The Forgotten Men You Should Know About (“Forgotten Conservatives You Should Remember Versus the neocons you should forget”) by Thomas DiLorenzo
Recently by Thomas DiLorenzo: Time’s Rx: More Politics, More Politicians, More Lincoln Worship
In their new book, Forgotten Conservatives in American History, Brion McClanahan and the great Clyde Wilson discuss how the Machiavellian-minded connivers and plotters known as “neoconservatives” weaseled their way into the Reagan administration and hence “became the accepted, respectable Right in American discourse . . .” Genuine conservatives, which during the ‘60s and ‘70s included traditionalists, libertarians, anti-communists, and other opponents of leftism, “became an irrelevant and possibly dangerous fringe, disdained by all decent people. . . ” This latter category would include most readers of LewRockwell.com and certainly all the writers.
The “new conservatives” who now run the Republican Party and much of the Democratic Party as well, are a peculiar bunch. The leading lights of “neoconservatism” during the Reagan years “were Trotskyites who had replaced their hereditary agenda of global socialist revolution with one of a global revolution of ‘democratic capitalism.’ Unashamedly embracing Machiavellian tactics against opponents and against the American people, they gloried in ‘big government’ and fervently planned to project American armed force around the world, the national debt be damned.” None of this “could be considered a “conservative” agenda . . .”, they write.
McClanahan and Wilson don’t mention it, but the intellectual guru of most of the high profile neoconservatives was the late Leo Strauss, a University of Chicago professor. Strauss was quite the crackpot. He was an atheist who “scoffed at the idea of God,” wrote Daniel Flynn in his book, Intellectual Morons, but who nevertheless preached about the value of using religion to dupe the masses into accepting the neocons’ interventionist foreign policy agenda. The “evangelical Christians” in America would be Exhibit A of the success of this Machiavellian strategy.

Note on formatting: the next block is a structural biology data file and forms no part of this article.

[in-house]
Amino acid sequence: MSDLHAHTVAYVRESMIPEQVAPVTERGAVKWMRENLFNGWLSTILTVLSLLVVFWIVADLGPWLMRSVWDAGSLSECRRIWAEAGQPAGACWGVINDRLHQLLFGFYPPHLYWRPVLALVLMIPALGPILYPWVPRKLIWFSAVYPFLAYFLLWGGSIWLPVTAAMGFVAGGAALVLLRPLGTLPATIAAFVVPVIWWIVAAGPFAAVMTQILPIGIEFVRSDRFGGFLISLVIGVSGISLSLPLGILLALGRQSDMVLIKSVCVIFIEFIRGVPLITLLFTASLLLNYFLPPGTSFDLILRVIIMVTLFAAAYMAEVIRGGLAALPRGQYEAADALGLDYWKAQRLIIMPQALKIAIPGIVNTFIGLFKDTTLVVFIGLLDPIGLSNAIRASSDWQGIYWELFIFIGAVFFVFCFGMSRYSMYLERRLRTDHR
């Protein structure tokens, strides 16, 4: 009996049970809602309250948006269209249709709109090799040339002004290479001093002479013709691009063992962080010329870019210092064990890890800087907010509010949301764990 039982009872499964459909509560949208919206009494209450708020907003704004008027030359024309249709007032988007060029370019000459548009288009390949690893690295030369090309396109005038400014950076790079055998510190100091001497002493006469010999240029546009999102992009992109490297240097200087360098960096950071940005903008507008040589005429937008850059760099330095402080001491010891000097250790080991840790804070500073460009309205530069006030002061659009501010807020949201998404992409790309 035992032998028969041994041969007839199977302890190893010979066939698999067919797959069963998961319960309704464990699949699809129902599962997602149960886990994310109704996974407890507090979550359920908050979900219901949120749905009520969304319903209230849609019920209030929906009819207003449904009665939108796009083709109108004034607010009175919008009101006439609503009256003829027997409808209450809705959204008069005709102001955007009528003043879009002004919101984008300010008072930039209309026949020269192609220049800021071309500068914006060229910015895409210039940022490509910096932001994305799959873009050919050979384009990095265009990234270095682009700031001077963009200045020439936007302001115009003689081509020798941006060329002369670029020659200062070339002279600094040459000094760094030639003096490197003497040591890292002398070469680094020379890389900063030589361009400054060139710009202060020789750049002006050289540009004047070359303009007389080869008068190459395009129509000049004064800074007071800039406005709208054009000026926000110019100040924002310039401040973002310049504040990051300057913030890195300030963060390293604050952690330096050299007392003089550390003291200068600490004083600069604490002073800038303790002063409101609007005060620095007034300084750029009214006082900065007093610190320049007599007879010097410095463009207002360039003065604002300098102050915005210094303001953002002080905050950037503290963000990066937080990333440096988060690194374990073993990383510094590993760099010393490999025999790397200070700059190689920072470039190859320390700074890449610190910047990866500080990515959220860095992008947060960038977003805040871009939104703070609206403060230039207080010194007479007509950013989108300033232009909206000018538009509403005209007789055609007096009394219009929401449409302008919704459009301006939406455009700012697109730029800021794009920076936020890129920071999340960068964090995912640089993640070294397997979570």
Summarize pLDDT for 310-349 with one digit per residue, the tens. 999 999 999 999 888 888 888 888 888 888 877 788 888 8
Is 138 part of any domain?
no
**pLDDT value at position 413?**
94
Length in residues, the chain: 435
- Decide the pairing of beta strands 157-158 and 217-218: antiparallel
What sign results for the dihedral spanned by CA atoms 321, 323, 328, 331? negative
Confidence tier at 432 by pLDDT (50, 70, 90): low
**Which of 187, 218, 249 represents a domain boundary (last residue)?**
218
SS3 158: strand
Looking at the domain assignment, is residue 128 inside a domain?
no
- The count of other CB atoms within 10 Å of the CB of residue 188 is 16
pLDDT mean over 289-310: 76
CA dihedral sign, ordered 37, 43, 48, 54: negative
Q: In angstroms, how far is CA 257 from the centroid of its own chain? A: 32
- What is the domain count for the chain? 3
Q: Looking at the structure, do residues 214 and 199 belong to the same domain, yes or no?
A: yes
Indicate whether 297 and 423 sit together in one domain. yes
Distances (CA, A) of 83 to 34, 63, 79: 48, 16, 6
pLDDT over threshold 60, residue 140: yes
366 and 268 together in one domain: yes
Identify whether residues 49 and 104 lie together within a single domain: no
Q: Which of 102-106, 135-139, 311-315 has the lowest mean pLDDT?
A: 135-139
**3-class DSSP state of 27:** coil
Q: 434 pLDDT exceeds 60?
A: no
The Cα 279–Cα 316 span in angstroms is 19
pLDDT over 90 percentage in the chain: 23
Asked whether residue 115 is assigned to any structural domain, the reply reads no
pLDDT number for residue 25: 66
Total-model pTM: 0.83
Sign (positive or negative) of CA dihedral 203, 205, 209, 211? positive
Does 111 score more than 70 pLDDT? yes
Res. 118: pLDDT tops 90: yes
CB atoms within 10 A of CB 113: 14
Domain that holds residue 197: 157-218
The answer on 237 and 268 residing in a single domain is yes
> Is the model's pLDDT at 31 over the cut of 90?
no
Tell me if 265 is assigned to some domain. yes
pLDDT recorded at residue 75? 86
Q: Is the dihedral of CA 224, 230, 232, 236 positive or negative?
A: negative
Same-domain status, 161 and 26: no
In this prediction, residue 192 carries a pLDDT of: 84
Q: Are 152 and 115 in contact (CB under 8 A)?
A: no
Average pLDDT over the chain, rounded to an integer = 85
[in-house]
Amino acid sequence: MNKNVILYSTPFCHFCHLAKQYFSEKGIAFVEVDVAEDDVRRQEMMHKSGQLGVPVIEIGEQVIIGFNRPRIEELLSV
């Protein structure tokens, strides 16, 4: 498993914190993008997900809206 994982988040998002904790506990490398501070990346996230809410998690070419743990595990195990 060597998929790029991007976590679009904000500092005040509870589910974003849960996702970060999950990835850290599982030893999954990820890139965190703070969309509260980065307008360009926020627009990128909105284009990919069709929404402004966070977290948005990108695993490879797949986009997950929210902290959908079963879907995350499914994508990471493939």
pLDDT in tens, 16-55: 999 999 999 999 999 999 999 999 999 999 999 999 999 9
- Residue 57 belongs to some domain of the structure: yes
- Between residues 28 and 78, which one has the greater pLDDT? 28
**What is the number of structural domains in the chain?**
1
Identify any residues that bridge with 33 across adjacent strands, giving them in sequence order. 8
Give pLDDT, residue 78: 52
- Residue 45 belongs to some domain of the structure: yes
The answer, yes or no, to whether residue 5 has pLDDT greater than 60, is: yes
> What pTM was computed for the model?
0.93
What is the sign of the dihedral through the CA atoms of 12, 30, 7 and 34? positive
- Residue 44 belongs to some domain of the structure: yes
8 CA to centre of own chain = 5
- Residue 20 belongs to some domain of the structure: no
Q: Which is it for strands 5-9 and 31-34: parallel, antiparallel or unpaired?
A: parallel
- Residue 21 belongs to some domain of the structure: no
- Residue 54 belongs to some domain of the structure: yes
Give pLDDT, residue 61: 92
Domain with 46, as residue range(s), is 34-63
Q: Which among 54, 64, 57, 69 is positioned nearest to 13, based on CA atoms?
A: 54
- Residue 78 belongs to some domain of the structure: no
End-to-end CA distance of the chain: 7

Strauss’s nuttiness was nowhere more on display than when he bloviated on about the “value” of numerology in reading books. For example, in his book, Persecution and the Art of Writing, he insisted that “a book’s first and last words have special meaning.” The famous book The Prince, about Machiavelli, “consists of 26 chapters and twenty six is the numerical value of the letters of the sacred name of God in Hebrew,” Strauss wrote. Wowwwww. Far out.
Strauss’s followers, wrote Flynn, are a bizarre cult whose members claim to know TRUTH that “lesser humans fail to grasp”; they “talk in a kind of code to one another”; and “genuflect to their great guru” Strauss. They steadfastly believe in the idea of “the noble lie” and “exalt dishonesty in the service of supposedly noble causes.” As such, they are among the worst of the Lincoln mythologists, among other things.
But I digress. The real focus of Forgotten Conservatives in American History is the ideas of sixteen or so historical figures who espoused genuinely American, conservative ideas, as opposed to the weird and creepy Eastern European totalitarian schemes of the “respectable” neoconservatives . These men include John Taylor of Caroline, James Fenimore Cooper, Condy Raguet, President John Tyler, Abel Upshur, Grover Cleveland, William Graham Sumner, H.L. Mencken, Mel Bradford, and others. All of these men could have been listed as former LewRockwell.com columnists had the Web site been around in some published form since the early nineteenth century.
What do these historical figures have in common? They all share, to some degree, a belief in genuine American conservatism as defined by McClanahan and Wilson (drawing on the late Russell Kirk). This includes avoiding burdening future generations with government debt; honoring the Constitution; remembering the founders’ warnings about “entangling alliances” with foreigners; valuing “voluntary community” and “a larger sphere for private society, and a smaller sphere for government, especially the federal government”; opposition to “multiculturalism” or “an enforced monolithic non-culture”; and belief in the necessity of free markets and opposition to corporate welfare and other forms of neo-mercantilism.
The writing in the book is eloquent, and the substance is inspiring, informative, and entertaining. The chapter on H.L. Mencken alone is worth the purchase price. The authors discuss Mencken’s famous statement that “government is a broker in pillage, and every election is a sort of advance auction sale of stolen goods.” Mencken was a relentless critic of all politicians, but especially of the worst of the worst, such as Woodrow Wilson, whose professorial writings were described by Mencken with “its ideational hollowness, its ludicrous strutting and bombast, its heavy dependence on greasy and meaningless words . . . and almost inexhaustible mine of bad writing, faulty generalizing, childish pussyfooting, ludicrous posturing and naïve stupidity. To find a match for it one must try to imagine a biography of the Duke of Wellington by his barber.”
The Virginia senator John………